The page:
Mozilla has launched Rally, a privacy-first data sharing platform, to tackle the growing challenges related to privacy and user data.
Mozilla has a long history of championing privacy. It’s web browser, Firefox, is one of the most privacy-focused, secure browsers available. The company also offers a VPN service that has garnered positive reviews for its approach to privacy and security.
The company is adding Rally to its portfolio of software and services in an effort to help people take back control over their own data.
Your data is valuable. But for too long, online services have pilfered, swapped, and exploited your data without your awareness. Privacy violations and filter bubbles are all consequences of a surveillance data economy. But what if, instead of companies taking your data without giving you a say, you could select who gets access to your data and put it to work for public good?
Rather than advertisers benefiting from user data, Rally will give users the option to donate their data to help crowdfund research projects.
Computer scientists, social scientists and other researchers will be able to launch groundbreaking studies about the web and invite you to participate. A core focus of the initiative is enabling unprecedented studies that hold major online services accountable.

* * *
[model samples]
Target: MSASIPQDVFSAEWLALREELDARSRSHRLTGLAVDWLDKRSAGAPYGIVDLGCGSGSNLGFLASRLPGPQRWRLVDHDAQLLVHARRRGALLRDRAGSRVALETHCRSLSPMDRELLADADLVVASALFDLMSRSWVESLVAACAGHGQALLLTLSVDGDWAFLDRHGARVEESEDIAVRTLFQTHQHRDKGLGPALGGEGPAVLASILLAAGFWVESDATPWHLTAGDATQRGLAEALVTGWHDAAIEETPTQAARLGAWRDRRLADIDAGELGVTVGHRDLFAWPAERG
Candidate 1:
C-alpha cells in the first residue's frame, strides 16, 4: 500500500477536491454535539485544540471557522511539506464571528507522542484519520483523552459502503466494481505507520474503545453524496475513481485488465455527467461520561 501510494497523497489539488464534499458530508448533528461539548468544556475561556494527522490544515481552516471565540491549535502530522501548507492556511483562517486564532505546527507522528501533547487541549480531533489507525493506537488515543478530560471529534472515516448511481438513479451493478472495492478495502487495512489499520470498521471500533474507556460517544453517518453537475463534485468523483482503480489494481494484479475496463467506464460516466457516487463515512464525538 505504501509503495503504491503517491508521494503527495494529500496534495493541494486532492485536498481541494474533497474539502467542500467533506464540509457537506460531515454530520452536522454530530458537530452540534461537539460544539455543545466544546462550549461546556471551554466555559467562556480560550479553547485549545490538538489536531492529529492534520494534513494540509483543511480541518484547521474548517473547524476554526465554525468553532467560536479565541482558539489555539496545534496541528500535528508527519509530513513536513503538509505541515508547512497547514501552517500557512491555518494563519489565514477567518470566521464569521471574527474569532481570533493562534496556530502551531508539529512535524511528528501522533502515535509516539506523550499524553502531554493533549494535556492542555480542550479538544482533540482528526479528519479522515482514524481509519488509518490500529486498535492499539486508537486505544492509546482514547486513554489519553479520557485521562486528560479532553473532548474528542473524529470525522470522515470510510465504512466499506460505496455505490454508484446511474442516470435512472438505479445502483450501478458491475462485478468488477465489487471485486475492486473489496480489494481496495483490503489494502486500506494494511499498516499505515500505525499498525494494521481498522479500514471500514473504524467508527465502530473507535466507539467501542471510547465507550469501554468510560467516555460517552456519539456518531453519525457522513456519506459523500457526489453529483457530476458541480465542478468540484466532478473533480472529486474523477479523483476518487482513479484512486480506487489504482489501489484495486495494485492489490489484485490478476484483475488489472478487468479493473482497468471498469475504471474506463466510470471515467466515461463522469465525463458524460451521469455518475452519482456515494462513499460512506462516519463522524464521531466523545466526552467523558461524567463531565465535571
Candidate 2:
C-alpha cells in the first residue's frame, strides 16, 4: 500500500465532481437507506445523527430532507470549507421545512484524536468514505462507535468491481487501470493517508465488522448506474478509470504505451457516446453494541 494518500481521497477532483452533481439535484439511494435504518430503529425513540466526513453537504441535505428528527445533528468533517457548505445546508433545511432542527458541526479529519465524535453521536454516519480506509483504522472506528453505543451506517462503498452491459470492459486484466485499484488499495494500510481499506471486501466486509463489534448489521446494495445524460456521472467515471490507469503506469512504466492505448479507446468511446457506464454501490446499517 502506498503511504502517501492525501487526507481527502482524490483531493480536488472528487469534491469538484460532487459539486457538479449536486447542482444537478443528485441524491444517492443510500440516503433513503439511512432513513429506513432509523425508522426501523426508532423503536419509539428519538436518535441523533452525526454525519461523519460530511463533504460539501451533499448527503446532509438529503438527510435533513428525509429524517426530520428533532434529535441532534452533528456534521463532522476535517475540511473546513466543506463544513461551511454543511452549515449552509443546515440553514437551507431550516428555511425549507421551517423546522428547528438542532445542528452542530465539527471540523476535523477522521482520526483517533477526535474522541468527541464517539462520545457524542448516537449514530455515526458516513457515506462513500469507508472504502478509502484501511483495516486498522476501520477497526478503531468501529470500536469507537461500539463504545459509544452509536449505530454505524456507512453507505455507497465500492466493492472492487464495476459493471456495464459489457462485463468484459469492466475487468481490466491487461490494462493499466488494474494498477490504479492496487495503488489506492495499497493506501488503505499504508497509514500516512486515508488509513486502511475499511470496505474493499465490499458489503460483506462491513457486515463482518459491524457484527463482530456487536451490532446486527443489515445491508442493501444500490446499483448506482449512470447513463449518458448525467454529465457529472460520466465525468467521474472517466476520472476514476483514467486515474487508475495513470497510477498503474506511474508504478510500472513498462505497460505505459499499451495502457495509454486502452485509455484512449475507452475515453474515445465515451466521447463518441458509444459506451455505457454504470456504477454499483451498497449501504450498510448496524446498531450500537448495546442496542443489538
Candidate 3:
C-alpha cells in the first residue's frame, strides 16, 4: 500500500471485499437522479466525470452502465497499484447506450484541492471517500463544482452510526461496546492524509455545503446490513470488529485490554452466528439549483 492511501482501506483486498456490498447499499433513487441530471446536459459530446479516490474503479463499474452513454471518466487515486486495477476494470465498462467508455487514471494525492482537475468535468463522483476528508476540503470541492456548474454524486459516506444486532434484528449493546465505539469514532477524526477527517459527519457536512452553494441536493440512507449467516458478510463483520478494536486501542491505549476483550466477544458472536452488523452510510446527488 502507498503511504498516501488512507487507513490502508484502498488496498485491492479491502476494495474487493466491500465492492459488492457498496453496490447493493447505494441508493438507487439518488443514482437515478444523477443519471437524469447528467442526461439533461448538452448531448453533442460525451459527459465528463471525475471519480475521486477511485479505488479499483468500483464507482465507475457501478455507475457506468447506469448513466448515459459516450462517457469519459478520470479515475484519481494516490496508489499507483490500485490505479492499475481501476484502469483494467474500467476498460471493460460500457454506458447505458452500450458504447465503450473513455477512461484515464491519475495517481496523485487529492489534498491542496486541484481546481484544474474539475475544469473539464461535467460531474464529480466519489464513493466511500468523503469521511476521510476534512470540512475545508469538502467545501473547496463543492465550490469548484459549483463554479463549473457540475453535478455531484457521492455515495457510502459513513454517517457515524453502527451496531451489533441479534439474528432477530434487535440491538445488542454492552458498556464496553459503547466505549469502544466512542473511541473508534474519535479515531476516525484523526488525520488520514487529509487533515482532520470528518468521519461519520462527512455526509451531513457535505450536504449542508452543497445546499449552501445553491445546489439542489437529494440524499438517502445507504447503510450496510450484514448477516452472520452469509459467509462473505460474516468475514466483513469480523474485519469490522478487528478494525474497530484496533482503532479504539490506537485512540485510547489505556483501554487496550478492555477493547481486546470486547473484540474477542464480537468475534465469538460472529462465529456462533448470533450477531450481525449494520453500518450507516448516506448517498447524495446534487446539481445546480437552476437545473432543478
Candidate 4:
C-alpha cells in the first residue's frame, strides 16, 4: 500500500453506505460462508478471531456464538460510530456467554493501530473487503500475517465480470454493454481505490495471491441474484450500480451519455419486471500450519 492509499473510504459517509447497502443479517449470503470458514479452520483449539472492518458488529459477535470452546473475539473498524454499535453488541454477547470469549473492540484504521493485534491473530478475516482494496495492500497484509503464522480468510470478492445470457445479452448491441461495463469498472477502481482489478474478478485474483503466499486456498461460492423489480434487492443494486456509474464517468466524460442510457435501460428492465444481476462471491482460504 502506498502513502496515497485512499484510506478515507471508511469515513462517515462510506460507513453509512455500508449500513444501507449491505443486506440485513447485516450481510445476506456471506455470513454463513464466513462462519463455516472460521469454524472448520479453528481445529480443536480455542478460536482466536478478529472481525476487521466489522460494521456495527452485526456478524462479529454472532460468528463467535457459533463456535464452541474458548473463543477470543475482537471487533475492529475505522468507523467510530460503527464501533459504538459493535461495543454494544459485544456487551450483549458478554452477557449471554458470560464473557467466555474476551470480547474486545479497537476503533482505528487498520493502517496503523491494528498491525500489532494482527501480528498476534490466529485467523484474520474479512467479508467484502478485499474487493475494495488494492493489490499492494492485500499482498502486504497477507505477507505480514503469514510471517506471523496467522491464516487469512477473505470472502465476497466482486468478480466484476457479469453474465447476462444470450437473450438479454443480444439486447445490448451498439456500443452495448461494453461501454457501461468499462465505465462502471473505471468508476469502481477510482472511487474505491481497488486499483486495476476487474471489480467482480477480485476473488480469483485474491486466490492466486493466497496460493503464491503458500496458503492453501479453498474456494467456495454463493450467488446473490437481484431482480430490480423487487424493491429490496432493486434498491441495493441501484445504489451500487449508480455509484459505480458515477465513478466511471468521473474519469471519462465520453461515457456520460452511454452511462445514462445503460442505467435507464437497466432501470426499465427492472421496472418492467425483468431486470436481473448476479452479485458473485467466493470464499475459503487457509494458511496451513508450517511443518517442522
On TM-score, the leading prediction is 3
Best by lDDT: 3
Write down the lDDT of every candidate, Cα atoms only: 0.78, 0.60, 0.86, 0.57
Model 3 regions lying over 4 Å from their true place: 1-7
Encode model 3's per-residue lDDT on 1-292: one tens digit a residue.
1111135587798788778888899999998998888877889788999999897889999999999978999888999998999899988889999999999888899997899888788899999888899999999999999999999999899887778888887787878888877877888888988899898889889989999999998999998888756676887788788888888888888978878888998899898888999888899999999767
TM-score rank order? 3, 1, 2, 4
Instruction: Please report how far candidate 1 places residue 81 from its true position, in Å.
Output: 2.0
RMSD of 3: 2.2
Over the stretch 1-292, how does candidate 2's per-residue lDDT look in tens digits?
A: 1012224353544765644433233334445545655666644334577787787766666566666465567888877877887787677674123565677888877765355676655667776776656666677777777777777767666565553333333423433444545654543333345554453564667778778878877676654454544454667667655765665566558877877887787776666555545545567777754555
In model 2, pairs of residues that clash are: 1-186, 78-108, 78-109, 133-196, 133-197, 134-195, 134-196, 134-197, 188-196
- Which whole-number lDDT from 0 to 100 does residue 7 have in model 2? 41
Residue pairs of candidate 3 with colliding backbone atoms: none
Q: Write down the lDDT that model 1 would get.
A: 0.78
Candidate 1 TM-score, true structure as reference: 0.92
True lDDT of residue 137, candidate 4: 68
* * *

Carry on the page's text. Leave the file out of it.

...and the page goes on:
Mozilla is working with Professor Jonathan Mayer’s research group at Princeton University to help launch the Rally research initiative.
“Online services constantly experiment on users, to maximize engagement and profit,” says Mayer. “But for too long, academic researchers have been stymied when trying to experiment on online services. Rally flips the script and enables a new ecosystem of technology policy research.”
Rally sounds like an interesting concept and will hopefully help more users take control over their data.